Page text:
Together with horticulture and the agriculture sector, manufacturing helped increase domestic exports by 17.5 per cent from Sh567.4 billion in 2020.

Food and beverages category accounted for the largest proportion of all domestic exports at 43.1 per cent followed by consumer goods at 27.6 per cent,” says the survey.

Manufacturing recovered in 2021 with the sector’s real value added growing 6.9 per cent compared to a negative 0.4 per cent in 2020.

The share of the manufacturing sector to GDP was 7.2 per cent in 2021, the survey indicates.

Sub-sectors that registered major growths in volume of out put were leather and related products, dairy, motor vehicle, sugar, meat and meat products, and cement.

To support growth of the sector, the National Treasury has proposed a number of incentives that will make it attractive and competitive to manufacturers in Kenya, with a keen target on the motor vehicle industry.

During his 2022/23 Financial Year budget, Yatani propose to exempt from VAT inputs and raw materials used in the manufacture of passenger motor vehicles.

Additionally, he proposed to exempt locally manufactured passenger motor vehicles from VAT.

Assembly of motor vehicles and manufacture of motor vehicle parts locally has gained traction,” Yatani noted.

Further, the CS proposed to exempt from VAT plant and machinery for use by manufacturers of pharmaceutical products.

The government is also keen to bring down the cost of power by 30 per cent , a key utility in manufacturing.

“The government will continue to support Kenya Power and Lighting Company to increase its efficiency while sustaining systematic reduction in tariff to electricity users,” Treasury notes.

The recent 15 per cent tariff reduction by the government has not only brought immediate relief to the consumers but also led to realization of broad benefits including reductions of prices of goods by manufacturers.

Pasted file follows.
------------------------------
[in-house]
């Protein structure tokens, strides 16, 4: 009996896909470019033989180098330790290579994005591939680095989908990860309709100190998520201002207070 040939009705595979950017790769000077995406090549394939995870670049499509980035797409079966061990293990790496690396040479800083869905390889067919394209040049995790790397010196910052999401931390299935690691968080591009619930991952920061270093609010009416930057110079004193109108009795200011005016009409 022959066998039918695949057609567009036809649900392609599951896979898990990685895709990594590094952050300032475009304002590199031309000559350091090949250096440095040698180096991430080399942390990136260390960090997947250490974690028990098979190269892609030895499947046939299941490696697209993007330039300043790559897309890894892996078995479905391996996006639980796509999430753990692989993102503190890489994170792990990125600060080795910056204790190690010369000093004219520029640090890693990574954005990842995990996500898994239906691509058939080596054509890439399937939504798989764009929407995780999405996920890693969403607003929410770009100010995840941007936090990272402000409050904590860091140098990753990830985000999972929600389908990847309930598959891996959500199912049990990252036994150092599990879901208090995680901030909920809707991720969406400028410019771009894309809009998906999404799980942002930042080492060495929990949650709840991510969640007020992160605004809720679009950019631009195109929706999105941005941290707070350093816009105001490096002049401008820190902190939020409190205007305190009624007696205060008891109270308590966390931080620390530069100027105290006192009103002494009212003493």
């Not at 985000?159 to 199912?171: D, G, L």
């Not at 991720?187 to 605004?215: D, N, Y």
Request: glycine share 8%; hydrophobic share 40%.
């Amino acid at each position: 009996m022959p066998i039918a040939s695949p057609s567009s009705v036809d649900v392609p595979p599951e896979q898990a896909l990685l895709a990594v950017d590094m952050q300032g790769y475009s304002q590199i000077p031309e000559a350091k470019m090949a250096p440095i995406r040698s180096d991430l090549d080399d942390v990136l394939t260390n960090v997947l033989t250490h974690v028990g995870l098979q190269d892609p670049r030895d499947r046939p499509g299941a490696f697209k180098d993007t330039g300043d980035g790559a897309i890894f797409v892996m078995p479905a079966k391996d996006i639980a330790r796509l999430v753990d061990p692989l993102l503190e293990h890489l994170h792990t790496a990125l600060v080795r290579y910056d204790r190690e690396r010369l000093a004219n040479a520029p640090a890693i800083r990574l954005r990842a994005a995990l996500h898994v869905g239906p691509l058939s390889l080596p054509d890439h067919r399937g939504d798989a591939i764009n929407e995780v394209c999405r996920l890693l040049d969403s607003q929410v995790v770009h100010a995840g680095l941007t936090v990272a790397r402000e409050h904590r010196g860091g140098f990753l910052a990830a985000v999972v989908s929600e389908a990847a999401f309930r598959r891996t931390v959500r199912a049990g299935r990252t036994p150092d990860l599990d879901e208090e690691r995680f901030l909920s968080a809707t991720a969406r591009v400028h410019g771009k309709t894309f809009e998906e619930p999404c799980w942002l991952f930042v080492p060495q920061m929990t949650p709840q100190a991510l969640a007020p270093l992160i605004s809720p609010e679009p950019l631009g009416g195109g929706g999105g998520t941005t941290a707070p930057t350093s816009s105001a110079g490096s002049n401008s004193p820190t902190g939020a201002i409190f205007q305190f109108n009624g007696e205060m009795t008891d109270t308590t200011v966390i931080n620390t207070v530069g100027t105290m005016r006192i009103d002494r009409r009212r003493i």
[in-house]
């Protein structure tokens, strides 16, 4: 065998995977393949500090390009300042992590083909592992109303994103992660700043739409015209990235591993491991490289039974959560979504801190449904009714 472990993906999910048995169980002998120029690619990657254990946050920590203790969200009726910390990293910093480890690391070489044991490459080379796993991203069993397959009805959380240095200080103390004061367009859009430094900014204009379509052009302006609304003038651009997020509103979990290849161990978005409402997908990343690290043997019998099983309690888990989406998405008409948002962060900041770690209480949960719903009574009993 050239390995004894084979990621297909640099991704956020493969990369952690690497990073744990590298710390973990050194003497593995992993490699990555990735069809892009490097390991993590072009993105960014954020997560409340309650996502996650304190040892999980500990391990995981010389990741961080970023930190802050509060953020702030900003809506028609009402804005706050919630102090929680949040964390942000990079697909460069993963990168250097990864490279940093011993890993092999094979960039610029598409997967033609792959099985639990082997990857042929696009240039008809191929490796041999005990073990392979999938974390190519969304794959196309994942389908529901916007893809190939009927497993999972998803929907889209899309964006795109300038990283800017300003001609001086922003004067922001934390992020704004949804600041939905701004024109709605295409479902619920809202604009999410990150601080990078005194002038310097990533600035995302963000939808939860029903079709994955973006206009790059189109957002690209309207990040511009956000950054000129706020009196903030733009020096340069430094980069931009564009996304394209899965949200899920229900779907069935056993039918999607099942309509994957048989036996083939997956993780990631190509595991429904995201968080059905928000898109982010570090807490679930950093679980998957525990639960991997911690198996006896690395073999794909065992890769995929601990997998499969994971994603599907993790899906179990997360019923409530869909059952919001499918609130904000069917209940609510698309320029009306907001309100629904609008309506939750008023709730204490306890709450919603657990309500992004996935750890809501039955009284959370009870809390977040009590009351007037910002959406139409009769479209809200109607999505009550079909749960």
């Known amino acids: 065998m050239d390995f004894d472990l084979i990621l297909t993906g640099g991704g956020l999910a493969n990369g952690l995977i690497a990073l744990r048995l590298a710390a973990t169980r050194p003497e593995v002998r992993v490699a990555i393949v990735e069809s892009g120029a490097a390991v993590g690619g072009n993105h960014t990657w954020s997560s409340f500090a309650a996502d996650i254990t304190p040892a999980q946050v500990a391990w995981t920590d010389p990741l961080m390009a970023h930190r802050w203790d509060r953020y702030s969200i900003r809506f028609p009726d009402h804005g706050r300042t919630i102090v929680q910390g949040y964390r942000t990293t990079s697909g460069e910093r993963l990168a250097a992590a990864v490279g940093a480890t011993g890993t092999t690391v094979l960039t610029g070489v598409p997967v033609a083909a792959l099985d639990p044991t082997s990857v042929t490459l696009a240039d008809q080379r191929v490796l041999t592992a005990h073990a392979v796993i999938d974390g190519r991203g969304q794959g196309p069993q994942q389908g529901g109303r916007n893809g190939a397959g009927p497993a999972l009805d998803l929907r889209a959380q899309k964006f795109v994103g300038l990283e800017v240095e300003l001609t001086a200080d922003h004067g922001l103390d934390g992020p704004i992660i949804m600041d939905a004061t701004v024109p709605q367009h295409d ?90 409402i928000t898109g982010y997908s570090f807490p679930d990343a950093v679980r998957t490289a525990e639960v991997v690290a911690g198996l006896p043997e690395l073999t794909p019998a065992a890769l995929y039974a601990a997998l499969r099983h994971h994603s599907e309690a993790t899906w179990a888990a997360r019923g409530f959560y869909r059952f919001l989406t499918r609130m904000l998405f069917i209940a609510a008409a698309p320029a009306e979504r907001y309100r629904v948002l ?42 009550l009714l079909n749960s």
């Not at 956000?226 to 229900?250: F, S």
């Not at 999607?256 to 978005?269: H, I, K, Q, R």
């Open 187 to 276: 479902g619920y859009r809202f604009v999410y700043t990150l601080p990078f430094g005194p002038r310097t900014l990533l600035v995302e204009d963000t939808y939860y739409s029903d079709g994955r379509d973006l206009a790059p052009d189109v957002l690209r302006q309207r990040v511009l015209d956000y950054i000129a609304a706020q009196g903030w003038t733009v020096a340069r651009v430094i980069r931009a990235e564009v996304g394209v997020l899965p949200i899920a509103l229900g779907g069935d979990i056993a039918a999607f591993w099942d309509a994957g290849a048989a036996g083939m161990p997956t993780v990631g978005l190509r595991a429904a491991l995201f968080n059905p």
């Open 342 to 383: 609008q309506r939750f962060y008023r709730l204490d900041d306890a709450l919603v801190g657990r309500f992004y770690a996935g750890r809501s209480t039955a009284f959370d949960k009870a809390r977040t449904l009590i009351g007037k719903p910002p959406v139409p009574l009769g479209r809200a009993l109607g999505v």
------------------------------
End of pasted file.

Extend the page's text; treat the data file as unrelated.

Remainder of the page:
The government has been working closely with the manufacturing sector lobby-Kenya Association of Manufacturers (KAM) and the Kenya Private Sector Alliance(Kepsa) to spur growth of industries which are dominantly private owned.

The collaborations have also seen a number of trade agreements and deals reached.

Among them is the recent signing of a detailed private sector agreement between Kenya and the United States of America, in October last year, that seeks to expand trade and investments.

Speaking in New York, President Uhuru said the pact is part of the efforts to support the growth of Kenyan SME sector as a key enabler of wealth and employment creation.

He noted that the Kenyan and US economies are largely driven by SMEs and the agreement would help accelerate Kenya's economic recovery efforts from the ravages of the Covid-19 pandemic.

“I have always had the opportunity to say that Kenya is a country where people always wonder where the resilience of our economy comes from. A country where despite a myriad of shocks, occasioned over the years, always prove to be very resilient,” he said.

That resilience comes from our small and medium enterprises. It comes from what you refer to as the informal sector, what many in Kenya refer to as the Jua Kali.”

Meanwhile, Kenya’s capital of Nairobi remains the main entry and home to multinationals operating or seeking to tap into the wider East African region market.

It is the regional African headquarters for more than 20 multi-national companies with more expected to open soon.

These include MasterCard Foundation which wants to set up its country office in Nairobi.

Others include the International Fund for Agricultural Development (IFAD) Regional Office for East and Southern Africa and the Temporary Secretariat of the African Audiovisual and Cinema Commission (AACC) in Kenya. 

This was approved by the government on May 12, in a Cabinet meeting chaired by President Uhuru at State House, Nairobi.

Cabinet also signed an agreement with the Rockefeller Foundation - a multinational American entity looking to improve the lives of people and the planet through innovation.

The government further reviewed and approved and ratified bilateral agreements with other countries including the agreement between Kenya and America on Employment of Dependents of Official Employees.

Also approved was the agreement on defence cooperation between Kenya and Turkey, Egypt, Malawi, the Democratic Republic of Congo, Northern Ireland, the United Kingdom and Switzerland.